STEVEN DOWNES on the man behind one of London’s biggest lobbying firms, a former senior figure at ‘the PR firm for despots and rogues’
In Southwark, activists who have been campaigning against a massive transfer of public property over to private developers have described their council offices as having “revolving doors”, seeing local authority staffers and councillors walking straight into the arms of lobbyists for big business.
The latest example to spin their way into potentially lucrative work for developers is Peter John, the leader of Labour-controlled Southwark from 2010 until 2020, and the chair of the pan-city organisation of local authorities, London Councils, from 2018 to 2020.
While he remains a councillor in Southwark, expected to represent the interests of the people of Champion Hill ward and the broader borough, John is now in the pay of the Terrapin Group as their chairman.
Terrapin has worked for many property developers and real estate investors, including Lendlease and Delancey, two of the biggest, who both landed hugely profitable schemes in Southwark, across the Aylesbury and Heygate estates and the Elephant and Castle. All were agreed while Peter John was the council leader.
Our resident lawyer, Ebenezer Grabbit, of the widely respected firm of solicitors Sue, Grabbit and Runne, asks us to point out here that there is absolutely nothing at all wrong with such a very cosy relationship between councillors, developers and their public relations companies.
Terrapin was founded in 2012 by Peter Bingle, who has been described as “the London lobbyist with ties to billions of pounds of gentrification”.
Before setting up his own firm, Bingle, a sometime Conservative Party councillor in Wandsworth, had spent a decade working in a senior role at Bell Pottinger, where he claims to have “created the best public affairs company in the UK”.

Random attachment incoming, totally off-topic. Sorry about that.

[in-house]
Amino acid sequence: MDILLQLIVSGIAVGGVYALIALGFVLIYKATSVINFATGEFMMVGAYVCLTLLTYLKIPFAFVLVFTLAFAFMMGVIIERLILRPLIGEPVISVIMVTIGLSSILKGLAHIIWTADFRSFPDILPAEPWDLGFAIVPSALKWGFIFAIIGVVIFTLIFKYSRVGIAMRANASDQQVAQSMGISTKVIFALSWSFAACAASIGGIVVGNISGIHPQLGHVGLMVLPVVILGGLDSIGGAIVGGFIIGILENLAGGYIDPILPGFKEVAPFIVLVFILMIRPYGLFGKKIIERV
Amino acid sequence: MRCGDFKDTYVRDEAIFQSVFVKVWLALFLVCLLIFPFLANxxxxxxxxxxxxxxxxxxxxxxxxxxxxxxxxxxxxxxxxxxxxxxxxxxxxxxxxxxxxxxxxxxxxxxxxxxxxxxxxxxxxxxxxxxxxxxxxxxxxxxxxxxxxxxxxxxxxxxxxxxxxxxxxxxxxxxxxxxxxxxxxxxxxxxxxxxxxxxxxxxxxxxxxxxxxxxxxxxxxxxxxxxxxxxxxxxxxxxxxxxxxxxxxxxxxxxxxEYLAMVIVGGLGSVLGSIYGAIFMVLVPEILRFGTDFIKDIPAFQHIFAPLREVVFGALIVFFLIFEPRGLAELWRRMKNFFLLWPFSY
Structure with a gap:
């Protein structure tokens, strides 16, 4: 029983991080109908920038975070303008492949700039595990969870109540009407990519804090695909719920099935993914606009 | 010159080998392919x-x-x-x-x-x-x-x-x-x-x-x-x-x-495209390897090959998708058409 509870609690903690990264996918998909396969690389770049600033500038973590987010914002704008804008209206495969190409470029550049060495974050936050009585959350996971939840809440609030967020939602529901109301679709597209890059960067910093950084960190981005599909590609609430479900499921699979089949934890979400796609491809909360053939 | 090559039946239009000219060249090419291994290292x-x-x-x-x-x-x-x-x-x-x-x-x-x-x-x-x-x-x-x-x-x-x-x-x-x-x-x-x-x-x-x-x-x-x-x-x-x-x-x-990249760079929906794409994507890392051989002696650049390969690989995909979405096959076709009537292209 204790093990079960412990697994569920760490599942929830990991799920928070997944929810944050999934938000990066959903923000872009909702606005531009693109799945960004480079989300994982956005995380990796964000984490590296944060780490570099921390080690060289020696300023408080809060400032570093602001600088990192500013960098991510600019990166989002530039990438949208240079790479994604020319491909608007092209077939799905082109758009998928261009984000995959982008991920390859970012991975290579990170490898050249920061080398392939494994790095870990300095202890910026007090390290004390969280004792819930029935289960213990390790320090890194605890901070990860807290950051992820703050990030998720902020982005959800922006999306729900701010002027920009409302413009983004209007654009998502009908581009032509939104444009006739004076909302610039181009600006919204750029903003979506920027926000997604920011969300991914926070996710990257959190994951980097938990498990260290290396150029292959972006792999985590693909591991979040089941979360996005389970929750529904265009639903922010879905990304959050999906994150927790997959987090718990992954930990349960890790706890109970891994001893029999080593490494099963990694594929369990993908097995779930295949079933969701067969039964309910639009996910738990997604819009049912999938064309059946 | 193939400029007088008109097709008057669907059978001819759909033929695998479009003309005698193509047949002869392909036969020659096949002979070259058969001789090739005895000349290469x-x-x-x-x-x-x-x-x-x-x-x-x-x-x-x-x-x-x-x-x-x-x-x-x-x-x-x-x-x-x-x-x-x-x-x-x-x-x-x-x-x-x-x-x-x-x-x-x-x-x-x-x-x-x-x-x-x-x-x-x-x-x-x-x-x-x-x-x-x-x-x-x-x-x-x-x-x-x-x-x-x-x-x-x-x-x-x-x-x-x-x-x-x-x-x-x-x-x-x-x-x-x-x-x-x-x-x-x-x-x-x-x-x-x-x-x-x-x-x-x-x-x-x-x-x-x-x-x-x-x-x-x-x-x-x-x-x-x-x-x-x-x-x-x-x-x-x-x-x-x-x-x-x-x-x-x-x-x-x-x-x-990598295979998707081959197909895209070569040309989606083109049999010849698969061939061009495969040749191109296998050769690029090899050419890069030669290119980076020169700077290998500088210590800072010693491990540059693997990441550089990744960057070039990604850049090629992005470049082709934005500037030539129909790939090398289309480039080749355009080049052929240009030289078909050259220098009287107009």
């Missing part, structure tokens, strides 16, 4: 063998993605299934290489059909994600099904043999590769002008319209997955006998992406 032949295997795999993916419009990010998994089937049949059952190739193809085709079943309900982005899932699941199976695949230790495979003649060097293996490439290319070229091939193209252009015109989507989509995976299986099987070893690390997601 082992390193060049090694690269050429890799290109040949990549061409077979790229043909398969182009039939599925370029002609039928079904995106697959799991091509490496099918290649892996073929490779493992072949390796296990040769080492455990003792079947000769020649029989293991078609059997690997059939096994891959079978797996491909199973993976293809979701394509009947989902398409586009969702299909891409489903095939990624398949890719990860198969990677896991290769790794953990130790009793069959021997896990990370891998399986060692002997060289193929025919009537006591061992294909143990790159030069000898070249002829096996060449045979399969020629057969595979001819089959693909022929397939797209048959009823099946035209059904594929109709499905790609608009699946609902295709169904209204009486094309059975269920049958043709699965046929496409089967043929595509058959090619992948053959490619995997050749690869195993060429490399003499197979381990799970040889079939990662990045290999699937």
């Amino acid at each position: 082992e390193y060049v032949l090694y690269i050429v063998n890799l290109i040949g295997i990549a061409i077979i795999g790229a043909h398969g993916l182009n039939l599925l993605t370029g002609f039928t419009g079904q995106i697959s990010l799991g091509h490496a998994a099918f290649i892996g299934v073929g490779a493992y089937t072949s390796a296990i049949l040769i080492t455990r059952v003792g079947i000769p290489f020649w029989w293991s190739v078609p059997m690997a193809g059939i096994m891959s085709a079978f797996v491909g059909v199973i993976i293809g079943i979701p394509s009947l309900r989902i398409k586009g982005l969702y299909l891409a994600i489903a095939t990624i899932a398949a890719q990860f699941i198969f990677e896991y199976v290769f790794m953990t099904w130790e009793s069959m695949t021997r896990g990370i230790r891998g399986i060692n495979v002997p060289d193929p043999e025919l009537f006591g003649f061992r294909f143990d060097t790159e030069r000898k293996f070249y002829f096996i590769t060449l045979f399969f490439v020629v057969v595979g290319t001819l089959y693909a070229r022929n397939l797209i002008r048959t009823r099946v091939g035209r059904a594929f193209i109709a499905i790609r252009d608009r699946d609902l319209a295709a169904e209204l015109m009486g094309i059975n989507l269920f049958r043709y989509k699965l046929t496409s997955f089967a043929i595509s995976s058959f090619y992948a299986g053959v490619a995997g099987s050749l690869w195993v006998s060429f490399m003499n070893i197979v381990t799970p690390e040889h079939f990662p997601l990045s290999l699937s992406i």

Others take a different view of Bell Pottinger.
The firm that was established by Tim Bell, the former trusted adviser to Margaret Thatcher, and collapsed amid scandal in 2017, to be described by the New York Times as the “PR Firm for Despots and Rogues”.
Bingle got out before Bell Pottinger’s implosion, and these days, in touting for business on behalf of property interests, he prefers to describe himself as “one of the most respected and experienced public affairs advisers in the UK”.
What does a lobbyist like Bingle do?
Well, according to an account on the Vice website, “He spends his days schmoozing local councillors in the capital’s finest restaurants in a bid to get his clients picked for big deals, picking up enough tabs for him to tweet that he’s ‘trying to end austerity singlehandedly’.”
According to Vice, between 2013 and 2017, Bingle organised 25 private meetings with councillors in four London boroughs (Haringey, Kensington, Wandsworth and Southwark).
“All these councils were on the cusp of awarding huge development contracts, including for the demolition and regeneration of thousands of Londoners’ homes. The councillors often didn’t declare any other meetings with any other developers, or anyone else except Bingle. In total, the meetings precede nearly £3billion of contracts, all of which went to one developer: Lendlease.”
Peter John’s own list of declarations on the Southwark Council website – from the time before he was on the lobbyists’ payroll – is dominated by hospitality provided by Terrapin or by Bingle personally. To what end is never disclosed.
The declarations extend back to the days before Terrapin existed, to 2011 when his hosts at the swanky Pont de la Tour at Tower Bridge were… Bell Pottinger.
Today, Terrapin’s client list is long and extensive. If he had his way, though, Bingle would not share this information.
In 2009, at an inquiry into parliamentary lobbying, Labour MP Paul Flynn asked Bingle (then at Bell Pottinger) if he agreed that the public has a right to know who is lining the pockets of lobbyists.
Bingle responded, “No, I do not. The public have no right to know who our clients are.”
Obviously, having a handful of serving councillors on the payroll could potentially help in that kind of work… And it is all above board and legal to do so.